I’m aware that my blog seems to have gained quite a few followers; so many thanks to all those who are interested in what goes on here. I’m also aware that I haven’t chronicled an instrument from start to finish, in detail, for awhile, so here goes!
Brendan’s Mandolin Part I
You saw the Alessi tuners for Brendan’s twin-pointer a few months back, they are F-style so, I’ve designed a new head shape to suit them. It’s not quite as straightforward as you might think; on F-style tuners, each button is on a different length shaft and you have to get the curve of the head just right so that it works aesthetically and on a practical level the buttons have got to rotate!
Rather then trying to draw the curve- I shaped a piece of hardboard with the tuners mounted on and gradually sanded the 'board away until the shape worked.
With the edges worked out, I started looking at the design for the top of the head. So after some time sketching, this is what I came up with and Brendan is happy with it. So let’s make it!
The neck is made from Cuban mahogany; this is the real thing, beautiful rich brown, recycled from the lid of a 19th century grand piano. It’s laminated from 3 sections with the grain of the middle section going in the opposite direction to the outer two; this aids stability.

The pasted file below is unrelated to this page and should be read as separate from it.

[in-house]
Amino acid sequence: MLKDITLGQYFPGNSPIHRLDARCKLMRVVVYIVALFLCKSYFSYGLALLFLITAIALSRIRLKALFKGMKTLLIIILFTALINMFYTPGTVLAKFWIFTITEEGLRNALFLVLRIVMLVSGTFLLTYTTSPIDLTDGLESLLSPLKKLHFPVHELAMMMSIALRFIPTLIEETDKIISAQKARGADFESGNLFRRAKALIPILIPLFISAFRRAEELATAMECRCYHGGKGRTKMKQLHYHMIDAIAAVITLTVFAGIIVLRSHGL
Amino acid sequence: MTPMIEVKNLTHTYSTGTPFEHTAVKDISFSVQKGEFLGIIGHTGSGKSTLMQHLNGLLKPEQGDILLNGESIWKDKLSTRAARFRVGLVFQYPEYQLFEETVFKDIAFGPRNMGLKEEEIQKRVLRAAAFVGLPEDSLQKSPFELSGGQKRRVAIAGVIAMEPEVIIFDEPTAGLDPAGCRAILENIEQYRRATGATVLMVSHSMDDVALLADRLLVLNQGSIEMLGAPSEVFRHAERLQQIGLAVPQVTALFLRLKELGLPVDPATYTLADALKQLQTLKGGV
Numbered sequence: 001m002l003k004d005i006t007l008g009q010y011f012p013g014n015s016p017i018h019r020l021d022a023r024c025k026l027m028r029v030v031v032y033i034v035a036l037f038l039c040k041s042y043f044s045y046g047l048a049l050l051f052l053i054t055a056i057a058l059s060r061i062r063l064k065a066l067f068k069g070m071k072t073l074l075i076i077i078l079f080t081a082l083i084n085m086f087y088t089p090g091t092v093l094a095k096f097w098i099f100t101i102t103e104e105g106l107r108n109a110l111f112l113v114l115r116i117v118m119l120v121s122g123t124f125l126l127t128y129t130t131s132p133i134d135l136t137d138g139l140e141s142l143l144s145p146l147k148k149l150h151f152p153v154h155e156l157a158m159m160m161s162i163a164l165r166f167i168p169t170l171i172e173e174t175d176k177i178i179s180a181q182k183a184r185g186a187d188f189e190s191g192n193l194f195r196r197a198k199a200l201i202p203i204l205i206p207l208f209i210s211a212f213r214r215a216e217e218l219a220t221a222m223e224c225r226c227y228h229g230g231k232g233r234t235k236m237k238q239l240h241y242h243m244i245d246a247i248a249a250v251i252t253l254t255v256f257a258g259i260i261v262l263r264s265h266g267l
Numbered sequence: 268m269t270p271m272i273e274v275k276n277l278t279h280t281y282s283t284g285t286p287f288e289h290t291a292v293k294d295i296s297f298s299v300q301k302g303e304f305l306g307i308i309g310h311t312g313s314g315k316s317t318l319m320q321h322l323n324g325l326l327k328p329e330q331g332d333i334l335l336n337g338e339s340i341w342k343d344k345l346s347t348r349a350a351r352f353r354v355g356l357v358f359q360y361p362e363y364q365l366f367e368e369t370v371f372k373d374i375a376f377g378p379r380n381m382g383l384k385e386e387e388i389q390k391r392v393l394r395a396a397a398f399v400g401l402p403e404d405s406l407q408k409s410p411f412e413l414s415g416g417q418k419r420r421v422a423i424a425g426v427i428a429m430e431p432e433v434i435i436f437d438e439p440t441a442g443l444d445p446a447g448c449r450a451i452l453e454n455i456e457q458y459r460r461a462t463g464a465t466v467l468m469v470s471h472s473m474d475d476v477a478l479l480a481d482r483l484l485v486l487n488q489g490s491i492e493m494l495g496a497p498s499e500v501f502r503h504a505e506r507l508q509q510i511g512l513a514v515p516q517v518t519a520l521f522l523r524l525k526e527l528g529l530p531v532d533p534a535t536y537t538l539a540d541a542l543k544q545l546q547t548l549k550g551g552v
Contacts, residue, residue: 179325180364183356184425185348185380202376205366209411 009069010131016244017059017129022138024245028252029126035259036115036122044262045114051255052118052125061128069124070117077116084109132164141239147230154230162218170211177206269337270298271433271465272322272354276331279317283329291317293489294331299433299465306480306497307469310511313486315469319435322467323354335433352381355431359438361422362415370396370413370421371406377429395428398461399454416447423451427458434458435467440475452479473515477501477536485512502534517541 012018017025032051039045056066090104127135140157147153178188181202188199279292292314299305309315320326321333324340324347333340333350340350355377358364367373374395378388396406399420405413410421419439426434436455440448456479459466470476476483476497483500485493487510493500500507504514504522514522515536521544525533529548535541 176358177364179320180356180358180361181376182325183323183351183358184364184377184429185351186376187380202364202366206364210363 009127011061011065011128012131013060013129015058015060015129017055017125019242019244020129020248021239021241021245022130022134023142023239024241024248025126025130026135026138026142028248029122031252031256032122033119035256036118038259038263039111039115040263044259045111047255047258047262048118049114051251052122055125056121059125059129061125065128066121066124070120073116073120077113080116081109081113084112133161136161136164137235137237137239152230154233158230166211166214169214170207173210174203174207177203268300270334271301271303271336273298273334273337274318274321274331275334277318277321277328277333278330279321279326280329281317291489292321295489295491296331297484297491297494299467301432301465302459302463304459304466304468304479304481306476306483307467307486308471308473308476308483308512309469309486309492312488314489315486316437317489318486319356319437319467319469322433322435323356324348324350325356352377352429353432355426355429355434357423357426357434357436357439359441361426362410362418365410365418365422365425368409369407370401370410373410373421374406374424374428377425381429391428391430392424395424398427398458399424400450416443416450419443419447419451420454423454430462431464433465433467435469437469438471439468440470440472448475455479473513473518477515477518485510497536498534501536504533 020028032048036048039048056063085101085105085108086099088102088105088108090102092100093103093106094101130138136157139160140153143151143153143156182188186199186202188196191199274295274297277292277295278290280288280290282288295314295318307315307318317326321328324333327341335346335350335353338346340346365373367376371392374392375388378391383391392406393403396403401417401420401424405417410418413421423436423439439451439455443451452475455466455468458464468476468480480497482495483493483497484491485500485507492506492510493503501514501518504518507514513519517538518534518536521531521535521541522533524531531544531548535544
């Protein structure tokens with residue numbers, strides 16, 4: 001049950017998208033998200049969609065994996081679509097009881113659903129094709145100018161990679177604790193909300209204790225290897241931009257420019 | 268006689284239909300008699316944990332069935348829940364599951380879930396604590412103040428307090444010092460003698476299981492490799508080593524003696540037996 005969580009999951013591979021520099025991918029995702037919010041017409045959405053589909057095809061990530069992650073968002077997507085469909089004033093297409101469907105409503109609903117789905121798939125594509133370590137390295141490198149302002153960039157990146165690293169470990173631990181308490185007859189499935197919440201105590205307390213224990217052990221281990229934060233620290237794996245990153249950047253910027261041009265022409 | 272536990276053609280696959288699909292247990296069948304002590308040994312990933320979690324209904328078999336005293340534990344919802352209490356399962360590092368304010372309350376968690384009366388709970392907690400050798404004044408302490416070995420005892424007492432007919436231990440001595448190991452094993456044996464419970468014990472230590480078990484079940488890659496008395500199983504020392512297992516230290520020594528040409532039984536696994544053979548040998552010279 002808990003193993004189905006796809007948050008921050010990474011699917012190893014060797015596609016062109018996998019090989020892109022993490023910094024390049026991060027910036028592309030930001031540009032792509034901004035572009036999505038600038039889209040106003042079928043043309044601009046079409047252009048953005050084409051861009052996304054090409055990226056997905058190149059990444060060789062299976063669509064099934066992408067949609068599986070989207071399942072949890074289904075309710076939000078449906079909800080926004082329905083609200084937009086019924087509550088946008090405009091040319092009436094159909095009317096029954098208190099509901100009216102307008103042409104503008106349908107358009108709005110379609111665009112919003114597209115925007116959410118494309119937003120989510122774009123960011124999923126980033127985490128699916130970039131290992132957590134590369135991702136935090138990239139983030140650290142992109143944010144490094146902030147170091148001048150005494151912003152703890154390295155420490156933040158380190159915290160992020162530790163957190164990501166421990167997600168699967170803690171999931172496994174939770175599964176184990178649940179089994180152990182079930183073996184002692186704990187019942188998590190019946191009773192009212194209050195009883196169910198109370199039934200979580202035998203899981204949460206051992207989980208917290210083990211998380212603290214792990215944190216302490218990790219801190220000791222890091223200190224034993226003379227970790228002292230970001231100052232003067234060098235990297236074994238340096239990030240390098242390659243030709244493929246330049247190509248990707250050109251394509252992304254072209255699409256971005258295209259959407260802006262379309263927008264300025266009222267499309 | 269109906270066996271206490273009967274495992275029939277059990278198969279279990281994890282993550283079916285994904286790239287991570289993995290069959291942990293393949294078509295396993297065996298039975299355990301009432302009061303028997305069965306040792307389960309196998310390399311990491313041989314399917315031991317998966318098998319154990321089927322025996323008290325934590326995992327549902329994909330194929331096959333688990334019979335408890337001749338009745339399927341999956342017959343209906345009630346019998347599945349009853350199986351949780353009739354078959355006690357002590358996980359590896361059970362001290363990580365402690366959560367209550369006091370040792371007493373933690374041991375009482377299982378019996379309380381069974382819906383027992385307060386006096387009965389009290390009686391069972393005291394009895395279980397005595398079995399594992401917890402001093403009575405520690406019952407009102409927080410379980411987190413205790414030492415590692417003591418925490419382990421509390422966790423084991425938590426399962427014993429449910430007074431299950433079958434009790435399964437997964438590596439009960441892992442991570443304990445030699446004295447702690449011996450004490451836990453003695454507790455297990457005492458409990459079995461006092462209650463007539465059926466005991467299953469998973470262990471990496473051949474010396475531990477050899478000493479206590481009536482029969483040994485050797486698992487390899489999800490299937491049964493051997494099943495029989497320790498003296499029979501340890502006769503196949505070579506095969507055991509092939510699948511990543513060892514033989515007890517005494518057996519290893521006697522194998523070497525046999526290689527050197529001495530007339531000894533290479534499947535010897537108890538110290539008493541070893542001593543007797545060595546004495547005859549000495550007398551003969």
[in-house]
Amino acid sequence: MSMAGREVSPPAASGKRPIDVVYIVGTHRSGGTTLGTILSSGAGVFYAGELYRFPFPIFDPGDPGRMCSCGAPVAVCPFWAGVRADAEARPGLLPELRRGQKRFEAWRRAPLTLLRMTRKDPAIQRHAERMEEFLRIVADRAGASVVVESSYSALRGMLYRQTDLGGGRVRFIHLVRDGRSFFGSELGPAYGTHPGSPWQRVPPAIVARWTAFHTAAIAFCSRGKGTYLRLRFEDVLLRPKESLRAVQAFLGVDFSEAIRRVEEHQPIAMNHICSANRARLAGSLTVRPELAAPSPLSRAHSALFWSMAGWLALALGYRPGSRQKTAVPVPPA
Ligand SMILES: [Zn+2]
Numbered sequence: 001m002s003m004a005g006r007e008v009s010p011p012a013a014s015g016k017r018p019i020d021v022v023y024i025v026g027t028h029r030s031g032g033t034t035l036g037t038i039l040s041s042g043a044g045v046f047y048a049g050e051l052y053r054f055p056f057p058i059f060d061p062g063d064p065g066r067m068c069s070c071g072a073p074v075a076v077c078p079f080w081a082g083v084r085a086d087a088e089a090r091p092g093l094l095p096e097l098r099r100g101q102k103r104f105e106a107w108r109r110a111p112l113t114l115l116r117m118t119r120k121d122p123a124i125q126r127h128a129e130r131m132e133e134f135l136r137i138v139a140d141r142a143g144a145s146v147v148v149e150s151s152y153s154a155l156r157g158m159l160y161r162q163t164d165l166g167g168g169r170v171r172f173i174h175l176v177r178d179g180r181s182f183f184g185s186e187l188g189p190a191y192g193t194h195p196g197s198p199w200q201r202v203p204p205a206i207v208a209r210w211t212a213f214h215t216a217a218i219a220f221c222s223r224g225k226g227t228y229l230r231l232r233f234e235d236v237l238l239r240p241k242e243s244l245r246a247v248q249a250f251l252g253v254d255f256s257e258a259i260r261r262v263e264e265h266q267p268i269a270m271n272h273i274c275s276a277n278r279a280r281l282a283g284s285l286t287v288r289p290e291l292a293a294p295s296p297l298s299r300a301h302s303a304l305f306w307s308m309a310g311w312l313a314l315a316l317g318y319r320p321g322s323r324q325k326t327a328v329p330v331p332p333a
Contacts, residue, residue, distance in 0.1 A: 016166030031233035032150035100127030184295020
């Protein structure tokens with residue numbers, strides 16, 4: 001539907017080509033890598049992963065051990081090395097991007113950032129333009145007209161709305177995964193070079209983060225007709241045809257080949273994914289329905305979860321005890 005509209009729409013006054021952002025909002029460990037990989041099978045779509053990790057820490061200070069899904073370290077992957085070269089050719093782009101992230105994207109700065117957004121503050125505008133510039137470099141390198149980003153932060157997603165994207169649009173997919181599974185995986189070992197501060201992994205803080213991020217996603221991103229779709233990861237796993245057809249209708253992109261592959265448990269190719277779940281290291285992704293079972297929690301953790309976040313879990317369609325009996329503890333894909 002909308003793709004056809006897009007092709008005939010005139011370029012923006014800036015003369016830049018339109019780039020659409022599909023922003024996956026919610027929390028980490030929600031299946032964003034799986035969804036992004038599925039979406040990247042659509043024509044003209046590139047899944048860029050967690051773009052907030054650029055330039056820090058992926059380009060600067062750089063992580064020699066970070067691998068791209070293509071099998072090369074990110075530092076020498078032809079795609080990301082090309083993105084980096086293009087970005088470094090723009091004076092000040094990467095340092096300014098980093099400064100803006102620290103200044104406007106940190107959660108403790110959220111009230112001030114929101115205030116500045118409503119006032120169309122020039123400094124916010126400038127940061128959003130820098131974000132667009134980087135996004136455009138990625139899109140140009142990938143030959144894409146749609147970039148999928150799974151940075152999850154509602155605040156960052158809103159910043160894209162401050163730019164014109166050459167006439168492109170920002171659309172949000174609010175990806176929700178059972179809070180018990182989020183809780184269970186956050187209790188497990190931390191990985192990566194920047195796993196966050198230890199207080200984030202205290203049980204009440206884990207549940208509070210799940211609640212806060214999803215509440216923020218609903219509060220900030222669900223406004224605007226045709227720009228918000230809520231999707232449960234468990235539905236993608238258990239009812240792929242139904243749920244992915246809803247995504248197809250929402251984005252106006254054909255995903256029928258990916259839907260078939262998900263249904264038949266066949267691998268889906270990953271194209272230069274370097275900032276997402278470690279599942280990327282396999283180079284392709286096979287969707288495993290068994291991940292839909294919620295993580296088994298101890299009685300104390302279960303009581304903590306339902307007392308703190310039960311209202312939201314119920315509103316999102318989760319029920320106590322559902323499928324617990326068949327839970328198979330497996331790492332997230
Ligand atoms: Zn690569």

The head is glued on with a scarf joint; I’m amazed that most mandolin necks are just cut from one piece giving short grain in the head.
The neck is stiffened with two carbon-fibre strips which I run through into the head for even more added strength! I guess what I like to do is build a very strong, but light instrument- the strength coming from design and attention to detail rather bulk.
You can see (below) that I cut out my pearl N logo by hand- yes I actually make them myself. The pearl is very brittle so it’s glued to some thin ply for support.
The N is then inlaid into the ebony head overlay. I do this before I glue the head overlay on, so that I can cut right through the overlay (with a piercing saw).
The head overlay is glued on- tiny wooden pins ensure that the inlay is in the centre of the head.
I use a StewMac jig to ensure that the holes are aligned, with 4 tuners on a plate, you can’t afford to be inaccurate. I’ve done this task successfully without a jig, but the measuring out is a pain as the tuners’ dimensions are imperial and trying to mark out 29/32” spacing when you’re used to metric.......
With the tuners fitting, the head is cut out and carefully shaped.
And eventually- the finished head! The ebony head overlay coupled with the ebony buttons is pure class, even if I say so myself.
And I haven’t forgotten the guitars! I’ve just made the bridge for Alan’s model 1 which should be glued on next week.
and Chris’s Hare has had a coat of sealer prior to grain filling. What’s really cool about Chris’s is that the rosewood sides have really dark stripes and in places the ebony bindings seem to blend in and disappear!
Labels: Handmade mandolin, Luthier, Nava